PlayOn

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PlayOn
Private
Industry Computer software
Founded United States
Headquarters New York City
Seattle
Copenhagen, Denmark
Website www.playon.tv

PlayOn is a streaming media brand and software suite that enables users to view and record videos from numerous online content providers. The main PlayOn application is Windows-based software that acts as a streaming dashboard and hub on the PC. It provides access to approximately 100 streaming websites, which are organized as channels. Users browse through or search the video content found in those channels, watch the videos on the PC, cast the videos to a TV via a streaming device or gaming console, or record the videos to watch later on most media devices. The recording feature acts as a DVR for streaming videos, creating an MPEG-4 file which can be transferred to supported media devices.

PlayOn includes native companion applications for iOS, Android, Windows Phone, Chromecast, XBMC and Roku. The recording functionality inserts chapter marks at the locations of advertisements, allowing users to automatically skip commercials when watching via any of the native companion applications, directly in the PlayOn player on a PC, or via a variety of other DLNA-compliant media devices, such as Xbox.

PlayOn also organizes local media from the PC into a Media Library dashboard, which can be streamed or cast to viewing devices.

Software[edit]

PlayOn[edit]

In August 2008, MediaMall launched PlayOn, a Windows-based consumer software product, that acts as a digital media server to compliant streaming devices, game consoles, televisions, and set-top boxes to watch Internet-based videos from numerous online content providers such as Hulu, Netflix, and YouTube.[1]

PlayOn uses the technology standard Universal Plug and Play (UPnP), as defined by the Digital Living Network Alliance (DLNA), to communicate with networked gaming consoles like the PlayStation 3, Xbox 360, and many other Internet ready DLNA enabled devices. PlayOn also uses HTTP Streaming to communicate with devices such as Roku, Chromecast, iPad, iPhone, Android, Windows phones and tablets, Wii, and Wii U, and the Raspberry Pi working both as an internet browser to access online media and as a UPnP media server to serve videos to compliant devices.[2]

MyMedia[edit]

MyMedia was a free media server software application that allowed users to stream personal media from their PC to various media devices. It was released on May 22, 2013.[3] It was retired in September 2015.

The MyMedia brand is still available as a channel on Roku devices. It allows users to stream personal media to their Rokus from the PlayOn Media Library. Users can stream or cast music, photos, and home videos or local video files to their Roku.[4]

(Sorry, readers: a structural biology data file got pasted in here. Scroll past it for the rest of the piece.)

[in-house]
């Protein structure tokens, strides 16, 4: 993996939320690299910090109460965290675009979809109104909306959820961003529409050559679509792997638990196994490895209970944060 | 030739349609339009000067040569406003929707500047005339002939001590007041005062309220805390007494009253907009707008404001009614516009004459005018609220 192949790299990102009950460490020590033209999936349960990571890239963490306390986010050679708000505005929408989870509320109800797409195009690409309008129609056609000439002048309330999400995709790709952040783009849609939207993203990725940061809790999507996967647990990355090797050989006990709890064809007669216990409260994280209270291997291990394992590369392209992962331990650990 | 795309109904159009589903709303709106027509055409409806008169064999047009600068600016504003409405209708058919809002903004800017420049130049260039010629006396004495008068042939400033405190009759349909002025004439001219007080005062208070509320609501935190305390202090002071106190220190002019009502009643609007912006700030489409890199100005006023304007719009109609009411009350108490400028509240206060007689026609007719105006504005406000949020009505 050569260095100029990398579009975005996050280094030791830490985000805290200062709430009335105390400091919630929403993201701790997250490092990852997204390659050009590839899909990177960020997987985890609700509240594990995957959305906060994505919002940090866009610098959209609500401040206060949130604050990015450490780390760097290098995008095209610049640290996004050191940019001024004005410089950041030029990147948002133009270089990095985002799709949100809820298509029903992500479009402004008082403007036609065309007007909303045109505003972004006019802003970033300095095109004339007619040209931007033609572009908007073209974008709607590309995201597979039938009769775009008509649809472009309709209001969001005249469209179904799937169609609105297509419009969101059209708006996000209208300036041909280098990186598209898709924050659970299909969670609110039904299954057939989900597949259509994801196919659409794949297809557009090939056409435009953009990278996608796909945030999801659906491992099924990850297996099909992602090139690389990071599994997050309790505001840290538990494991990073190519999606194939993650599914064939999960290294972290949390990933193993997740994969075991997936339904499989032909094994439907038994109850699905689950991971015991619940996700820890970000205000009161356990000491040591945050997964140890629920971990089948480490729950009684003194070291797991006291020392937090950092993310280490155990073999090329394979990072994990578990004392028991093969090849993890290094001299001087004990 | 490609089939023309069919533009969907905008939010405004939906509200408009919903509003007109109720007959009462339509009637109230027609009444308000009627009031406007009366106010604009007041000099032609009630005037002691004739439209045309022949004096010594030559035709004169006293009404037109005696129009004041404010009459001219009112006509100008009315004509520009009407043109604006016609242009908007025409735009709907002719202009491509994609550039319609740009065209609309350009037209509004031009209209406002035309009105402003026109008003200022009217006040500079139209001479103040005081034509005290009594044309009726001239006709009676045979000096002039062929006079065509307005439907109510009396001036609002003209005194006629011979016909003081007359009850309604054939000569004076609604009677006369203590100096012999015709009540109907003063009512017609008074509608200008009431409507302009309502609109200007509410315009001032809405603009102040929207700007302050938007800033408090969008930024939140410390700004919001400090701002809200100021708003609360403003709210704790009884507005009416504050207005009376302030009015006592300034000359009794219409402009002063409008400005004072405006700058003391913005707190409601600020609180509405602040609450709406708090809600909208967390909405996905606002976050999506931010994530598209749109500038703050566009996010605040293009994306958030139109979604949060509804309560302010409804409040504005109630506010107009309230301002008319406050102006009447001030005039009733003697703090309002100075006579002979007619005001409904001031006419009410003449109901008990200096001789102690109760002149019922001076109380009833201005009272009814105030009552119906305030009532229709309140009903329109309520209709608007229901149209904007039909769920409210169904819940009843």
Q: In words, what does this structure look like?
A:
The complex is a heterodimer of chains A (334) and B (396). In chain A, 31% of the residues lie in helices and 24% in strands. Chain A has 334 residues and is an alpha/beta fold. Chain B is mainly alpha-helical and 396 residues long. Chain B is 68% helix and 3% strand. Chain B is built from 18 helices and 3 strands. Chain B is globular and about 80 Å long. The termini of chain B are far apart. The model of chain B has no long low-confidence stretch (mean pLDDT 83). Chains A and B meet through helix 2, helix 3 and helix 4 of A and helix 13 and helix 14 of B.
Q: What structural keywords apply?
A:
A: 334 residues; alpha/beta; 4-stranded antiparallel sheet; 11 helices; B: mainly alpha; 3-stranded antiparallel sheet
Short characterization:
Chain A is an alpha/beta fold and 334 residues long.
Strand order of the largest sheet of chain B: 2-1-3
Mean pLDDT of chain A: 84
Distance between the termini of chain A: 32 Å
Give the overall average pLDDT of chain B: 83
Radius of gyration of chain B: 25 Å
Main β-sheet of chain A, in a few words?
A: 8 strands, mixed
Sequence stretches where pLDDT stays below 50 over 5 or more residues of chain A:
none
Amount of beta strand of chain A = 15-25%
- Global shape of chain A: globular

PlayLater[edit]

PlayLater was made available in 2011 as a "DVR for online videos". It was rolled into PlayOn in 2015.

PlayLater was released September 2011, as "the first DVR for online videos."[5] PlayLater records streaming content from numerous popular online streaming sites. Recorded videos can be uploaded to Android devices, iOS devices, Windows Phones and Blackberry smartphones. Videos recorded by PlayLater can then be accessed and watched without the need for an Internet connection.[6]

PlayLater was rolled into the PlayOn Windows application in September 2015, and is no longer available as a stand-alone software product.

Supported devices[edit]

In order to use PlayOn directly on a networked entertainment device, PlayOn must either officially support the device, or the device must support a standard technology called Universal Plug and Play (UPnP) as defined by the Digital Living Network Alliance (DLNA). DLNA devices, such as an Xbox360, PlayStation 3 and 4, and numerous network-ready televisions, use the home network to connect to the PC with PlayOn installed. The device is then able to interact with PlayOn and lets users navigate, select, and view streaming content on that system. Other supported systems use the device's web interface to connect to the PlayOn server. These devices include Xbox One, Roku, Wii, Wii U, iPhone, iPad, most Android phones/tablets, Google TV, Kindle Fire and Nook Color. The customer-facing experience is very similar regardless of the networking protocol used. There are also native PlayOn applications for Roku, iOS, Android, and Windows Phone.[2][7]

Content[edit]

Channels[edit]

PlayOn offers over 100 channels including Netflix, Hulu, HBO GO, ESPN, Pandora, CBS, Spike, Comedy Central, BET, Amazon, PBS, Nick, TBS and PBS. Some channels, such as HBO GO, Netflix, Amazon Video, ESPN3, MLB.TV, NFL Rewind and others require an active subscription to access.[8]

Plugin channels[edit]

Plugins for PlayOn allow third-party companies and the open source community to develop feeds to online media content. PlayOn Plugin Channels are created by developers using PlayOn’s open application programming interface (API) and can be downloaded on the PlayOn Plugin Channel Store.[9][10]

References[edit]

  1. ^ "What's On PlayOn". PlayOn. Retrieved 2015-12-10. 
  2. ^ a b "PlayOn User Guide". PlayOn. Retrieved 2015-12-10. 
  3. ^ "MyMedia Lets Users Stream Personal Content to Their TVs for Free". Business Wire. Retrieved 2013-05-22. 
  4. ^ "MyMedia Channel for Roku". Roku. Retrieved 2015-12-10. 
  5. ^ "PlayLater is out of beta and ready for the masses". PlayOn. Retrieved 2013-03-11. 
  6. ^ "PlayLater compatibility with major mobile formats". PlayOn. Retrieved 2013-03-11. 
  7. ^ "PlayOn Supported Devices". PlayOn. Retrieved 2013-03-11. 
  8. ^ "What's PlayOn". PlayOn. Retrieved 2013-03-11. 
  9. ^ "PlayOn Channel Store". PlayOn. Retrieved 2013-03-11. 
  10. ^ "Plugin Channel Developer Hub". PlayOn. Retrieved 2013-03-11. 
  • none of these references are external. This whole article is an advertisement.

External links[edit]